It’s an invisible disease and a rare condition that starts in childhood. It’s a devastating diagnosis, but there is some new progress toward treatment neurofibromatosis — or NF. The first sign is a distinctive marking on the skin, what looks like a birthmark. But what lies beneath can cause debilitating symptoms and damage to vital structures in the body.
Looking at the 3-year-old Sam alongside his siblings Max and Maria, you’d never know his health challenges.
Shahan Mohideen is Sam’s father.
“Sam is a ball of energy but he is also the happiest, kindest third child that I know,” he said. “He loves his family. He loves being in the thick of it. He is fearless, and he is just fun.”
Sam has NF.
Dr Robert Listernick is an Academic General Pediatrician with Lurie Children’s Hospital.
“In young children, usually the presenting sign is birth marks that we call ‘café au lait’ spots, coffee with milk,” Listernick said. “We call them birthmarks, but they are often not present at birth but develop in the first several years of life.”
“I thought they were birth marks, honestly,” Sam’s mother Erin Mohideen said. “He had a few freckles. He had a few ‘café au lait spots,’ and so I thought, ‘Look at this special kid with some different skin, that’s ok right?’”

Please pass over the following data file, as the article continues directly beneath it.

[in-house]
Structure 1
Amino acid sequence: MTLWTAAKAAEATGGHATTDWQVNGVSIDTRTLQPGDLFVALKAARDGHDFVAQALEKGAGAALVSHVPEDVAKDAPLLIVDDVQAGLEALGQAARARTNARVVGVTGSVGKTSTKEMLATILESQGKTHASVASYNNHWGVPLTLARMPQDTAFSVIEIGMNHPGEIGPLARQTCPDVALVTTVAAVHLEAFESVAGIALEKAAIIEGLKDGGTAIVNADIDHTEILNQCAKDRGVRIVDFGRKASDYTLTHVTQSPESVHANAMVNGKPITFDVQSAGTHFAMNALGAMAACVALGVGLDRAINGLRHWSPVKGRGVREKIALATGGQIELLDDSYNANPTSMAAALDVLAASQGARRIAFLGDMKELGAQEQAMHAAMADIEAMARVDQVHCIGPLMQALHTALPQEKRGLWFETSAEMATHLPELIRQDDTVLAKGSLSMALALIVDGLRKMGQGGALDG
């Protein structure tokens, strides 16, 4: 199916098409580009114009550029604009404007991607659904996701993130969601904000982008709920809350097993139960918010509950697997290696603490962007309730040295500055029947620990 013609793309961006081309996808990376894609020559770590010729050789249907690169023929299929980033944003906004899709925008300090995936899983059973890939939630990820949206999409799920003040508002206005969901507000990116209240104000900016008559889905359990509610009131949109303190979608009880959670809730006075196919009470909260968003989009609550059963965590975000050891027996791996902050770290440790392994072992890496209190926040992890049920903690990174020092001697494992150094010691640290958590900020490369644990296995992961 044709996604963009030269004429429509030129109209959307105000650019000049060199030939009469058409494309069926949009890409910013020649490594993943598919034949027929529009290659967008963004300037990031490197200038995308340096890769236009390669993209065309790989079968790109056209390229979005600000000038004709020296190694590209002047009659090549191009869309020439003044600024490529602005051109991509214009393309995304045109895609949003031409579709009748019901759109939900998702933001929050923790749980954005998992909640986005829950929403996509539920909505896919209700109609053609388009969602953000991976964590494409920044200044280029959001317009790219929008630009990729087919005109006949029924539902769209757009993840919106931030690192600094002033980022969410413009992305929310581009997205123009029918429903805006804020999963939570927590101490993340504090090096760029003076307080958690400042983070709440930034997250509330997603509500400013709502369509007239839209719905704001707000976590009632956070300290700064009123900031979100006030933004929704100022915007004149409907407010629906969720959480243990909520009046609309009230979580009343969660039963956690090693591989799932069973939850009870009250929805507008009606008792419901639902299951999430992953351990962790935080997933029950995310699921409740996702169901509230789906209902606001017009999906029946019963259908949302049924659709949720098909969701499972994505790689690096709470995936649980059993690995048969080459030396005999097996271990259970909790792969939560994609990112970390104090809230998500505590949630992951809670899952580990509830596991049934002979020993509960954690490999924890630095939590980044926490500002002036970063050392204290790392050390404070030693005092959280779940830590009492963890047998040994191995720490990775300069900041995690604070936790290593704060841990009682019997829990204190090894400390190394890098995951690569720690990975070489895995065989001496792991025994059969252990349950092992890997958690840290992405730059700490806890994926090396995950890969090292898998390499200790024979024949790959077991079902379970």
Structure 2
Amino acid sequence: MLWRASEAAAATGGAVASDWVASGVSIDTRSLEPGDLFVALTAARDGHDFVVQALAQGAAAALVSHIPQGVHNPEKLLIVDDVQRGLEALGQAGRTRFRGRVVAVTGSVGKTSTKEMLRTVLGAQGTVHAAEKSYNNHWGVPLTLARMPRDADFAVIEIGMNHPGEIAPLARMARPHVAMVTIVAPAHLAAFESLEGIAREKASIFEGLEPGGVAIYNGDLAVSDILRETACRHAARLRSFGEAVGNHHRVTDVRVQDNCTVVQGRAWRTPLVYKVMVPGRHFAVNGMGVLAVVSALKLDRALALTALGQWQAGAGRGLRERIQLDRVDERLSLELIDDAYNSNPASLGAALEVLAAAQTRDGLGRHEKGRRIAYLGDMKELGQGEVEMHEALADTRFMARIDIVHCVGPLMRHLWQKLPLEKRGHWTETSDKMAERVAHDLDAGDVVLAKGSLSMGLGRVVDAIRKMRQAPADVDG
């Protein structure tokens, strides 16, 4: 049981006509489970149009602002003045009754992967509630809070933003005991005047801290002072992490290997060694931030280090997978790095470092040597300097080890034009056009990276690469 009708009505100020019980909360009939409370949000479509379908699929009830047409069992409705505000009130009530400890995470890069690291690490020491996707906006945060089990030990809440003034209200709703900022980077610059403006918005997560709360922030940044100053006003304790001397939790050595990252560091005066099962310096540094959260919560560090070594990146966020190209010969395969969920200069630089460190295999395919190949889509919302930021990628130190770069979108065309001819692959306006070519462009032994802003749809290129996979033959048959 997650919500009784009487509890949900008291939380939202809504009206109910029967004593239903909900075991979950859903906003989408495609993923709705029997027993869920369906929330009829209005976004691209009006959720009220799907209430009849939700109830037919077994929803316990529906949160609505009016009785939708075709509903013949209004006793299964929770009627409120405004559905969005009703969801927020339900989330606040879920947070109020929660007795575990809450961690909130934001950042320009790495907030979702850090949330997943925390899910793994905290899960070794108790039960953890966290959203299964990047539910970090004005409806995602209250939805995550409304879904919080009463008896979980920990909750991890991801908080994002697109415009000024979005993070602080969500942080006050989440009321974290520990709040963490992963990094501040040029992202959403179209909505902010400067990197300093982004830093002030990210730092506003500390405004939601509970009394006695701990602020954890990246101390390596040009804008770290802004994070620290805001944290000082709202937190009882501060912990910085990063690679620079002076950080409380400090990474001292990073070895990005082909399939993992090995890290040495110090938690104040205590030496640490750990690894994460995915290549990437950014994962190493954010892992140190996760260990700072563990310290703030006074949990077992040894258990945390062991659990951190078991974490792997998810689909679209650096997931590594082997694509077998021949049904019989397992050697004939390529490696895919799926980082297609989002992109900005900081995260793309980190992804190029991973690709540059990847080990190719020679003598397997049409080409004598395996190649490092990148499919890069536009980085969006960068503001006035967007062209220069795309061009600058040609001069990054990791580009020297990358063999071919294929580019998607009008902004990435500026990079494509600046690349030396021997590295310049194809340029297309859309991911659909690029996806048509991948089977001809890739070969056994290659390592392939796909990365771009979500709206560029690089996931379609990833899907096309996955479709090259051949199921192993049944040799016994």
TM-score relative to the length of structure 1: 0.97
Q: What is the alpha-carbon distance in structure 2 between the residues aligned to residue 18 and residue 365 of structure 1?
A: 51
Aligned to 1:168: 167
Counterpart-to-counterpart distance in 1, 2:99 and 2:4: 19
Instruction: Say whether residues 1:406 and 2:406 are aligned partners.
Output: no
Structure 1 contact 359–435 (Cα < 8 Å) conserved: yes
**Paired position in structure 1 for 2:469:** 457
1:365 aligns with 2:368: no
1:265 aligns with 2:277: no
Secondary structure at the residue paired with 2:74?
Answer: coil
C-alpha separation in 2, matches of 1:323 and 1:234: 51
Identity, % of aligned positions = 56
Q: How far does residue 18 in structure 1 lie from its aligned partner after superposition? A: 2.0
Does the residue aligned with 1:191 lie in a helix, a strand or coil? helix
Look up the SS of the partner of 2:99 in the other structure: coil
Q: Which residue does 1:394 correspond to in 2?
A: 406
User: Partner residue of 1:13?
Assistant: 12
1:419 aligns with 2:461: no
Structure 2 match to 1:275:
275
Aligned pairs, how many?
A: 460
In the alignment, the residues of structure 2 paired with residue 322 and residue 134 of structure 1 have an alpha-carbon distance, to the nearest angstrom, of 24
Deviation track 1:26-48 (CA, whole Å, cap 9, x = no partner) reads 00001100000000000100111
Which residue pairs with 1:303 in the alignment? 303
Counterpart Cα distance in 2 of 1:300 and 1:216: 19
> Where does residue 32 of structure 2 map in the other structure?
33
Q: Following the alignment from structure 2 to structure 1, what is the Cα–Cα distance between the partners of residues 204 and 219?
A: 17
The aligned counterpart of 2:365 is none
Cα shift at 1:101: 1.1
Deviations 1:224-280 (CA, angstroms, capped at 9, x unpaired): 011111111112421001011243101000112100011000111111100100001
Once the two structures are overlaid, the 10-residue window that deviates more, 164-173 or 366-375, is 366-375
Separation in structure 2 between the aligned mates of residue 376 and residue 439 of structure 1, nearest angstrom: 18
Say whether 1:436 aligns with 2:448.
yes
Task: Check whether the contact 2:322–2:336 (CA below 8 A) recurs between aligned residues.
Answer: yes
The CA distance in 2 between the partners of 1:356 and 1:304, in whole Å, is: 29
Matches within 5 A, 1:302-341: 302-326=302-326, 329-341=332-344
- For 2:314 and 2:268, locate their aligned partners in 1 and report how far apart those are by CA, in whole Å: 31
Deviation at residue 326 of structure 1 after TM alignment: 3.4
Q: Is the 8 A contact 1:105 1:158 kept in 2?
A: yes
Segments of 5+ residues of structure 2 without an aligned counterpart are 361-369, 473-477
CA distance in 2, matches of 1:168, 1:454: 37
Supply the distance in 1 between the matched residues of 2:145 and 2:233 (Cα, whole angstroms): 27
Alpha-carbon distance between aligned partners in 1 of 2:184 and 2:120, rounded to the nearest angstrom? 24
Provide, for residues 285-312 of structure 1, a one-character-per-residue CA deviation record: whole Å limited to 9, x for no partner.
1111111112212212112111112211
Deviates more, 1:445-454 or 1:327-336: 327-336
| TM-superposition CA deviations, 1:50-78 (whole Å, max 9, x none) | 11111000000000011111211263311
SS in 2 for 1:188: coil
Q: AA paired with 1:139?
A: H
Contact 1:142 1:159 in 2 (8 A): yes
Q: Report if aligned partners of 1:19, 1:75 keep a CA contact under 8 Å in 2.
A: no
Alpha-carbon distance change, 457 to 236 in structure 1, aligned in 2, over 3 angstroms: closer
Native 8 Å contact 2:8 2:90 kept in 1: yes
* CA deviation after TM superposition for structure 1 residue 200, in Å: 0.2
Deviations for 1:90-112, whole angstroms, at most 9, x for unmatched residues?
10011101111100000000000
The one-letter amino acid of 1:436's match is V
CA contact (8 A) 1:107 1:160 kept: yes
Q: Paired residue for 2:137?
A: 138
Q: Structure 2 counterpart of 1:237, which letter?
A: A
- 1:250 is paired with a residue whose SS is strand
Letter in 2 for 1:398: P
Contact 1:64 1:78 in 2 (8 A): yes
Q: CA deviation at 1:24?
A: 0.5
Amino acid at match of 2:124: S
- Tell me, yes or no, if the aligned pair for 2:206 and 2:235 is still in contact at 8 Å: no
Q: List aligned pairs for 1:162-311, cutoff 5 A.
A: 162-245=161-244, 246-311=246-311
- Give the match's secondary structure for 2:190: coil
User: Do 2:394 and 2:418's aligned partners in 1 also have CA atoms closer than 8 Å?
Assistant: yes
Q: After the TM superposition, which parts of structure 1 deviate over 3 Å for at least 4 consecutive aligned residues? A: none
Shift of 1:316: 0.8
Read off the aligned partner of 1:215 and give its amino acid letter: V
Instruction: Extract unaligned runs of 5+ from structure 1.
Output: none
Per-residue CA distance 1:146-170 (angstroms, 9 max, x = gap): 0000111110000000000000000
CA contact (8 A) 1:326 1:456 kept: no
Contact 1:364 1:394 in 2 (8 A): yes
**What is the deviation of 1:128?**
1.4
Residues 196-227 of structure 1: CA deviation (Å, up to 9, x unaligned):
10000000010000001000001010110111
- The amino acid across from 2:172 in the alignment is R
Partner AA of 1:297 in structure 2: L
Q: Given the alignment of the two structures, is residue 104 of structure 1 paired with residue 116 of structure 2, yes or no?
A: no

What looks like a birthmark is an indication of a deeper problem — a tumor that runs all the way down Sam’s arm to the base of his thumb. The benign lesion – called a plexiform neurofibroma — arises from the nerve covering. It’s too complex to be removed.
“Unfortunately, it’s involving the brachial plexis, which is a big bundle of nerves here which might affect function,” Listernick said.
Erin and Shahan Mohideen recently learned Sam has more lesions.
“He has additional tumors near his spine, in his chest cavity, on his neck and then one in the back of his brain,” Mohideen said.
For patients with the inherited disease, tumors range in size and location and can cause damage to bones, organs and nerves. Some patients are born with scoliosis or develop it over time.
“About 15% of children with NF1 develop a tumor on the optic nerve and that can cause vision loss,” Listernick said.
“I don’t know what the future holds. We don’t know what that looks like,” Mohideen said.
At the moment, the soon-to-be pre-schooler is carefree, far from hindered by his condition.
“Knowing and showing his resilience and zest for life in battling through this I think is important to show,” Shahan Mohideen said.
But if he does develop symptoms, there’s now hope.
“2020 was a horrible year for the world. For the NF community it was a great year because we now have the first FDA-approved drug,” Listernick said.
Patients with neurofibromatosis lack a gene that suppresses tumor growth. A type of drug known as a biologic, Selumetinib, can prevent growth and actually shrink lesions while taking away the pain.
“This is a life changer and it’s going to be a life changer for many patients with NF1,” Listernick said.
“Knowing that that is an option and knowing that is in our back pocket in case something goes wrong with Sam is great,” Shahan Mohideen said.
The Children’s Tumor Foundation has resources for patients and families.
And more information from the Neurofibromatosis Network here.